On Thursday the two largest and most active fires in the Complex, the Faulkstein and Frying Pan Fires, spread rapidly on the east side aided by long-range spotting. The fires grew together when an inversion broke, followed by a west wind that pushed the fire to the northeast. Burning embers were carried a mile and a half in front of the fire.

As you can see on the maps below, the fire is 38 miles southwest of Medford, Oregon and less than two miles from Seiad Valley, California on Highway 96.
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Wildfire near Weaverville slowed by prescribed fire

Oregon Fire

The spread of a fire with an odd name, the Oregon Fire at Weaverville, California, was slowed with the help of a prescribed fire completed eight months earlier. The fire, 30 miles west of Redding, was aggressively attacked soon after it was reported at 4:53 p.m. PDT on August 24 with 16 engines, 9 hand crews, 5 helicopters, 3 dozers, and 9 air tankers, including both DC-10 Very Large Air Tankers, each carrying 11,900 gallons of fire retardant.

The combination of these suppression forces and the fact that the head of the fire burned up against the Five Cent prescribed fire from November, 2013 kept the number of structures burned to only one, even though it was burning in the wildland-urban interface of Weaverville. The fire spotted across the prescribed fire, burning an additional 18 acres before it was stopped.

As of August 28, the fire is listed at 580 acres with 95 percent containment.

Tim Ritchely contributed the above map (we added the text in white and yellow as well as the arrows). He told us:

Flame lengths were observed at 6+ feet in the oak woodland as the fire approached the Five Cent Rx with a rate of spread exceeding 20 chains per hour and then dropped immediately to the ground upon entering the treated areas and basically halted in its tracks… The DC-10s and BA-146 were both used effectively at keeping the fire north of the structures from the ignition point. Helicopters were used east of Weaver Bally road in conjunction with dozers and crews working above the residences until dark.


Lightning ignites fire in palm tree farm

Borrego Springs Fire

“Lone Ranger” sent us a report about a rarely seen vegetation fire that occurred August 21 in Borrego Springs, a desert community 50 miles northeast of San Diego, California.


“It’s a very rare occasion that we get a wildfire anywhere near the valley floor let alone, on it. An intense lightning storm, August 21 mid-morning, gave OV-10 Air Attack 330, and S2-T Tankers T-70 and T-71 out of Ramona Air Attack Base an opportunity to pay Borrego Springs a visit.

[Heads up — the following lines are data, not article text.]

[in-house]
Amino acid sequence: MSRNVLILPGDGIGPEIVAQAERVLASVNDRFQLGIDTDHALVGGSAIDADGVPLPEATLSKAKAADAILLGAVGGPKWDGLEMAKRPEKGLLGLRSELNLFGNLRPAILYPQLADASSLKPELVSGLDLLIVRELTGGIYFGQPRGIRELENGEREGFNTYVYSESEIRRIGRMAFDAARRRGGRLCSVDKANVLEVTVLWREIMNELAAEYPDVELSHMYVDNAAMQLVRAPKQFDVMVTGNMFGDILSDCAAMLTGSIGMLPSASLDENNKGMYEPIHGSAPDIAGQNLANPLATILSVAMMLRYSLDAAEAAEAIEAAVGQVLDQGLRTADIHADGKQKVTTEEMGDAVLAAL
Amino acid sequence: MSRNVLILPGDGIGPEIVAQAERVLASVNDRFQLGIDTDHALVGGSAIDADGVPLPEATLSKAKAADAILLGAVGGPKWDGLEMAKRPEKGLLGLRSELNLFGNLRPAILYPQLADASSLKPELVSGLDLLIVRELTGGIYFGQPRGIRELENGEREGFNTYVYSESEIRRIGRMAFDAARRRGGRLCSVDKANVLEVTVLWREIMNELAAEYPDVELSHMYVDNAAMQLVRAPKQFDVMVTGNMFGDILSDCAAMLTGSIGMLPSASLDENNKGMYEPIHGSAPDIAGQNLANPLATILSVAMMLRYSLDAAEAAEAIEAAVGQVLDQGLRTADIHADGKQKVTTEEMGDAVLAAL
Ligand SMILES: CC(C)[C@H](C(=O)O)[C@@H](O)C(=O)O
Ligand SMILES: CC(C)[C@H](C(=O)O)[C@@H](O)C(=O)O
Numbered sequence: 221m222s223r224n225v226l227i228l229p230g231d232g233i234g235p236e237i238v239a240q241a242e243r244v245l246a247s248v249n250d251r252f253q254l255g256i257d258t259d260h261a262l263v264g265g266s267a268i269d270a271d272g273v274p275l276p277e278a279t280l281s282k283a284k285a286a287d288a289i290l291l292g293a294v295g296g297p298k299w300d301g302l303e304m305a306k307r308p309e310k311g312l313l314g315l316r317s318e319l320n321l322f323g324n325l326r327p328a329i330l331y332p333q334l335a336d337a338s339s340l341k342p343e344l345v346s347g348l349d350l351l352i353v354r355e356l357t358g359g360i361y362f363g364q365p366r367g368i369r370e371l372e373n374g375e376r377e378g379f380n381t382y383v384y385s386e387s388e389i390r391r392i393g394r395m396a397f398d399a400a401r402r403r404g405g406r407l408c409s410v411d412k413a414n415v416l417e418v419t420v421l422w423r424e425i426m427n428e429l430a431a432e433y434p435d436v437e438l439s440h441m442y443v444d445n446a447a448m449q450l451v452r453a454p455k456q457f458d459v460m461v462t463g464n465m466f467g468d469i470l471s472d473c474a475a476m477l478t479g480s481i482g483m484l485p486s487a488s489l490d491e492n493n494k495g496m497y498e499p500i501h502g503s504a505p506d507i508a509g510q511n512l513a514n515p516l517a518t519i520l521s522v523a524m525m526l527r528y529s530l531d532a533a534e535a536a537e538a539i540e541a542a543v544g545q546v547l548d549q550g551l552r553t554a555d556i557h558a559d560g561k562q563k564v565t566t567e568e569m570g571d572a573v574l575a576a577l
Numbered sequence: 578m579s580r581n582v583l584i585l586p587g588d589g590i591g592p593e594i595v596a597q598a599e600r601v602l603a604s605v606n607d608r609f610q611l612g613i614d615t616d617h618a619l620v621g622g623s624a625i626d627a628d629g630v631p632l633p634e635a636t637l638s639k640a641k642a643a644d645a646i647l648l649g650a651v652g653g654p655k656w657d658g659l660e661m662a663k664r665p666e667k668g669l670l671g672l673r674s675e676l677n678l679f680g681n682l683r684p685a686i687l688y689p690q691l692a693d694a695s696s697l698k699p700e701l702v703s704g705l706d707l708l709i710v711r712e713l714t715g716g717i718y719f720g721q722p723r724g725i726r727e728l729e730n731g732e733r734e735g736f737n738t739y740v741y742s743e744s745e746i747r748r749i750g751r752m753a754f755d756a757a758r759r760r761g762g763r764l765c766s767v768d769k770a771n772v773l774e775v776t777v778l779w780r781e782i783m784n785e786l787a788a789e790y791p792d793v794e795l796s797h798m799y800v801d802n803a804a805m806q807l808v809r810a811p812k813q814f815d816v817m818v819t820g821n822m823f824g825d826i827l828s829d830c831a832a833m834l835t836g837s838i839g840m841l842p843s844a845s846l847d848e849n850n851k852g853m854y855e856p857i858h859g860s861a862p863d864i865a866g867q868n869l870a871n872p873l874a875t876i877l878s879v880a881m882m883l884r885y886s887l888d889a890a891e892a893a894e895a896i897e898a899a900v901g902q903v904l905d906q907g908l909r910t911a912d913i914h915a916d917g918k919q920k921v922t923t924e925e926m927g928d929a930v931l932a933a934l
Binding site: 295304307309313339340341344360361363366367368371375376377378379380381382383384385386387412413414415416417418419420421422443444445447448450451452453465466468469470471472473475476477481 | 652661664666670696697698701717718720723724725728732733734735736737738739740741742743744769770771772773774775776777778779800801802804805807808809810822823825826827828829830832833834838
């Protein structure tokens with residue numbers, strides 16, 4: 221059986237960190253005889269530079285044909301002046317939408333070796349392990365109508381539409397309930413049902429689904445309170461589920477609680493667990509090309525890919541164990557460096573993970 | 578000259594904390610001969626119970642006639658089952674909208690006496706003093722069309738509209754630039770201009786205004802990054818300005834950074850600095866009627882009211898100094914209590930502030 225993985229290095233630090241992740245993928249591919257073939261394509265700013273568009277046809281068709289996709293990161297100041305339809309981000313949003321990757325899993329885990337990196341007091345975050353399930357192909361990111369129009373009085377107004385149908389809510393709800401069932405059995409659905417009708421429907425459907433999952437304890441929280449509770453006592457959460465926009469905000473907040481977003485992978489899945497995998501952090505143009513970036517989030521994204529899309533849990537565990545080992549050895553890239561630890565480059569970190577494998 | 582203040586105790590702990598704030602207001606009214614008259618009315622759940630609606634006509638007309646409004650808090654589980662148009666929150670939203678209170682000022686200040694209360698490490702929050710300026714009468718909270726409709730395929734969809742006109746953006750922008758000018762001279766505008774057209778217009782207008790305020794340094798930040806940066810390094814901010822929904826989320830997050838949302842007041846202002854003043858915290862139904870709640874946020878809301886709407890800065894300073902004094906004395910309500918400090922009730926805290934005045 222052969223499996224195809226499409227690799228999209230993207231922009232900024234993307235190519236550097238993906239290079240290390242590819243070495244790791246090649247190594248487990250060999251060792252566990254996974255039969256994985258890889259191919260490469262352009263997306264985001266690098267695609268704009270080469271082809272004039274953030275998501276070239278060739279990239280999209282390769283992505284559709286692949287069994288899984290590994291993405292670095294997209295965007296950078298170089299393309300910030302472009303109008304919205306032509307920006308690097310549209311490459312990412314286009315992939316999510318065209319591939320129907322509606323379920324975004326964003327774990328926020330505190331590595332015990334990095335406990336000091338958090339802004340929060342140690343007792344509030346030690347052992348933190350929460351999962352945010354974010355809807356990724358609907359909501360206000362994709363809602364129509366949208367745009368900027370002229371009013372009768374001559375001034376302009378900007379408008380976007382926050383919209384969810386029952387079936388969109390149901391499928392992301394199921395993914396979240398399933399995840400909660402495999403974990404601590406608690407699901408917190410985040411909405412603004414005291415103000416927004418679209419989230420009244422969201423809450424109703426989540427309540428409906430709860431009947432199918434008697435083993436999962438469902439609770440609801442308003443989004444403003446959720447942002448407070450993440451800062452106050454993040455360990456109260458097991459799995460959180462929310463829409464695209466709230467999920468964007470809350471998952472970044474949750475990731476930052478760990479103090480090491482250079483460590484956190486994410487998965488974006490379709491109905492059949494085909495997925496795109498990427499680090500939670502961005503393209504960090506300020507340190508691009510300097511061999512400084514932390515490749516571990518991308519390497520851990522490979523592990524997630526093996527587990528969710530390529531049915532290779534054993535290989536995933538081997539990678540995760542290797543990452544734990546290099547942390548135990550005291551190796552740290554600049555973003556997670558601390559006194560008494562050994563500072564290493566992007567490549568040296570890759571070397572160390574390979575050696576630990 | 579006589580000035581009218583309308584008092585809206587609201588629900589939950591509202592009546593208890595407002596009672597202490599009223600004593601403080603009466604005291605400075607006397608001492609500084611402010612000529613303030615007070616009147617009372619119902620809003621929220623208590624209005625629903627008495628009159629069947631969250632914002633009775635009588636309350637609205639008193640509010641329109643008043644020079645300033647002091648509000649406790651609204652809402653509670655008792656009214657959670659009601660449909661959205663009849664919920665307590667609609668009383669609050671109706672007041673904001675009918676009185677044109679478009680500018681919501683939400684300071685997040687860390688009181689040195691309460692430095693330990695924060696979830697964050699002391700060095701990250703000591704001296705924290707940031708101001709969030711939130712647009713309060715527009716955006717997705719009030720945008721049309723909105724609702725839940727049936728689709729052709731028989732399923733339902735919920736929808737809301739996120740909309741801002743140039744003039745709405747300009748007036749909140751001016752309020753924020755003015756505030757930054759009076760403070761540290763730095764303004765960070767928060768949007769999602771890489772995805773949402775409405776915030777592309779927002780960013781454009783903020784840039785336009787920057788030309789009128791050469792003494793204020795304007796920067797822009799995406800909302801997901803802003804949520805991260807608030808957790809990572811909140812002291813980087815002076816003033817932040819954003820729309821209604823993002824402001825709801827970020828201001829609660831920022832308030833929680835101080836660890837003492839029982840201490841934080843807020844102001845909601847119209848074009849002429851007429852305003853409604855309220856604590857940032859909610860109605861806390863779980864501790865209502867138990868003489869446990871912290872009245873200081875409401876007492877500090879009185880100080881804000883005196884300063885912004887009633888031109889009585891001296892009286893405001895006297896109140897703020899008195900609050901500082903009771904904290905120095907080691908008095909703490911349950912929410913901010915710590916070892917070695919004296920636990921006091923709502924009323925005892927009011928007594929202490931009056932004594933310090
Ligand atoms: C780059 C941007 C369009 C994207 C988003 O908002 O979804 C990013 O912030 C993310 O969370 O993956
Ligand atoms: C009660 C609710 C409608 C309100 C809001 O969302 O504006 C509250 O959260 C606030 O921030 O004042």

One strike ignited an old stand of very tall fan palms at a large palm tree farm. From my property 3 miles away the huge flames and dark column of smoke left no doubt that it was a grove of palm trees. The skirt of dead fronds that adorns the trunk of a fan palm below the green canopy can consist of many tens of very dry and incredibly flammable fronds.
Borrego Springs Fire

Well under 10 acres in the end, this was a compact but intense wildfire warranting a mutual aid response perhaps even before Borrego Springs Fire Department arrived on scene after a 6 or 7 minute drive from their station.

Response included San Diego County Fire, CalFire, San Diego County Sheriff water dropping helicopters, Cleveland NF and, of course, Ramona AA. T-70 and T-71 flew two sorties. The first was split drops and the second was full load drops. It was a short-lived air show but a good air show just the same.

Borrego Springs Fire

It’s amazing that the fire confined itself/was confined to the narrow stand of very tall palms less than 150 feet wide and maybe 1000 feet long while literally 12 feet away to the north and running the length of the fire are about 225 acres of hundreds of 10-20 foot tall densely planted fan palms. There were remains of fire brands scattered throughout.”
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National Guard promotes their firefighting activity

The National Guard has released another video promoting the assistance they provided to the firefighting efforts in California. Earlier this morning they Tweeted about still another video that featured their helicopters and MAFFS air tankers, but within a couple of hours it became inaccessible, marked “private”. Maybe it was pulled because every time it showed a MAFFS air tanker dropping water, undoubtedly filmed during pre-season training, it was described as dropping retardant.